chem_fig2And evidence for either pathway 1 or pathway 2 is contradictory. I can’t figure it out. The odds are it will take someone way smarter than me and with far more time to figure it out (and funding, of course, as Ms. M is an expensive little madam and not some cheap slut like copper or nickel). And that’s if it’s even possible to really sift through the hellish amount of conflicting data on this one single reaction.

In favour of pathway 1 we have the fact that the reaction is slowed down when there is excess CO about, in accordance with Le Chatelier’s principle (oh, just Google it, not that you will). Yet in favour of pathway 2 we have some good kinetic evidence. In favour of 1 we have some fast spectroscopy measurements showing CO loss under light. But in favour of 2, the isomer distribution in the final products isn’t what we’d expect from CO extrusion and recombination. Although some energy calculations suggests this is expected because the isomers we don’t see disappear too quickly to be seen – although I think those calculations are bullshit because, and no offence to the authors of this one, if you’re using B3LYP/6-31G calculations on organometallic complexes by evaluating only hybrid density functionals against a few different relativistic core pseudopotentials without calibrating your transition state free energies to known empirical data you’re a fucking…


Then there’s how the evidence conflicts depending on whether you do it with this or that or at what temperature – oh, and my own computational calculations that suggest that, for reasons I don’t want to go into, that it’s both (one after each other).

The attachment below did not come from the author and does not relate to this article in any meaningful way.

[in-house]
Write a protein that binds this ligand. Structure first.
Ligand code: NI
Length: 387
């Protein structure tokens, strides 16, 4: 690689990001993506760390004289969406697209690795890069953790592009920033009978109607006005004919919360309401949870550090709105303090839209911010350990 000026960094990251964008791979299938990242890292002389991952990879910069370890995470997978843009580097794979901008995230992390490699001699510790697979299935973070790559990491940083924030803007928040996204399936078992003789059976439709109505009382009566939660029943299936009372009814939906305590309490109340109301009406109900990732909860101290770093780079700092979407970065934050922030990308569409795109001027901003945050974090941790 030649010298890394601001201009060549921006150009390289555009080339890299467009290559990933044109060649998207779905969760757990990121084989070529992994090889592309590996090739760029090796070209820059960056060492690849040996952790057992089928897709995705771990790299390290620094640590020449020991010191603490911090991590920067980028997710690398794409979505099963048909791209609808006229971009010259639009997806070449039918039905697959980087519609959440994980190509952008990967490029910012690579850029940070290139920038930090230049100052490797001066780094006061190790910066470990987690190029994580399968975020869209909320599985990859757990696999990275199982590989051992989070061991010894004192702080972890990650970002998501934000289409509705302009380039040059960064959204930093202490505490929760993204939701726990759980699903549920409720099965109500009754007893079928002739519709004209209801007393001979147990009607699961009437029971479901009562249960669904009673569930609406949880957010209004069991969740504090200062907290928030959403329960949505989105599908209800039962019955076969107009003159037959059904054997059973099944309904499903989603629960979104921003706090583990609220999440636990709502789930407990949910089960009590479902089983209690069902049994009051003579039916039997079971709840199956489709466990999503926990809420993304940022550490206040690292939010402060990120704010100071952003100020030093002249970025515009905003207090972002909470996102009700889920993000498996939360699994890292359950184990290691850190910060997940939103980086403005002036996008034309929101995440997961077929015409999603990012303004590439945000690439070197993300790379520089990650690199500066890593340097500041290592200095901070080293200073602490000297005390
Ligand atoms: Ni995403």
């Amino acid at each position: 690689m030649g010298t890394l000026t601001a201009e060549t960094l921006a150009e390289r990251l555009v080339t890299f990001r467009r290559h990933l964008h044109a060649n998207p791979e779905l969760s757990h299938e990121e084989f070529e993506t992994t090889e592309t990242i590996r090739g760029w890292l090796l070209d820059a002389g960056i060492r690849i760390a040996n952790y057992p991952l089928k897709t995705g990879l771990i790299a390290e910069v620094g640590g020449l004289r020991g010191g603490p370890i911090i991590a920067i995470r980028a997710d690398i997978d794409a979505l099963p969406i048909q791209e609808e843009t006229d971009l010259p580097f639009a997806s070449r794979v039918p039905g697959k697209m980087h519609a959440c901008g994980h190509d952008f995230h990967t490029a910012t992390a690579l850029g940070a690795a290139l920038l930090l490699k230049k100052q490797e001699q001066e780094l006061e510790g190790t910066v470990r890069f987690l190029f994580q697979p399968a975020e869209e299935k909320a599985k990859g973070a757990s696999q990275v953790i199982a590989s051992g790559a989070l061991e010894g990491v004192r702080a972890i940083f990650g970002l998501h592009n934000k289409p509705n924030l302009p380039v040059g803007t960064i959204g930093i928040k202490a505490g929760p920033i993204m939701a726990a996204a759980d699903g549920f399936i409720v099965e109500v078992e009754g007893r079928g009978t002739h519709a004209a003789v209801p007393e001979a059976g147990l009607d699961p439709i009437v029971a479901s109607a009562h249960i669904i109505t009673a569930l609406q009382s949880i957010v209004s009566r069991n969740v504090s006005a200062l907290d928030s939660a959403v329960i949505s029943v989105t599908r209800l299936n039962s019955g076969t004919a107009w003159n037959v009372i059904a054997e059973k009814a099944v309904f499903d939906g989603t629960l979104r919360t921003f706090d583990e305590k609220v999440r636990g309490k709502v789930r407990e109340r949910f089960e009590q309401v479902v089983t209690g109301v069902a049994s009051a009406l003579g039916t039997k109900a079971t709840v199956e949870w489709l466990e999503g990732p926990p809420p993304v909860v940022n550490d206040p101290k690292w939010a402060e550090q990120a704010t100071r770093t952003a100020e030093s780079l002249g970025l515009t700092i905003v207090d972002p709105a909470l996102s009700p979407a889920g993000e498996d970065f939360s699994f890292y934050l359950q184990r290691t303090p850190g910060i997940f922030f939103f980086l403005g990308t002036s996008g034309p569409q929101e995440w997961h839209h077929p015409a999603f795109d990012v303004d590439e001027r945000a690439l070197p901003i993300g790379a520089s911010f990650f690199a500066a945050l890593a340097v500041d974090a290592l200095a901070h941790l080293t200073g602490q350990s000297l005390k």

Although in a fairly narrow field, this is still a significant scientific disagreement. There’s been head-scratching, there have been arguments, there’s been betting and mind-changing – right now I’m not even going to call it. It’s up in the air. We literally have no fucking idea about what the answer to this little problem is and the evidence is all over the place.

So… what?

So, why don’t we see people declaring that chemistry is bullshit?

Where are the cranks wanting to throw out atoms (okay, Dewey Larson and Archimedes Plutonium excepted…) and saying that it’s all folly?

Why don’t creationists latch onto this as proof that chemistry is flawed ergo the Earth is 6,000 years old?

You might think that this is because chemistry has nothing to say about the origins of the earth nor evolution. But you’d be wrong. Chemistry underpins the laws that governs genetics – how the genome functions at a biochemical level is all about this. Chemistry is what stops Jesus turning water into wine – and a little bit of nuclear physics suggests such a change would produce a catastrophic amount of energy that would have turned Cana into a crater. Chemistry governs the rates and qualities of rock and mineral formation that preclude even the notion that a flood 4,000 years ago covered the entire world in water. The mere properties of water – which are chemical – can prove such an event didn’t happen.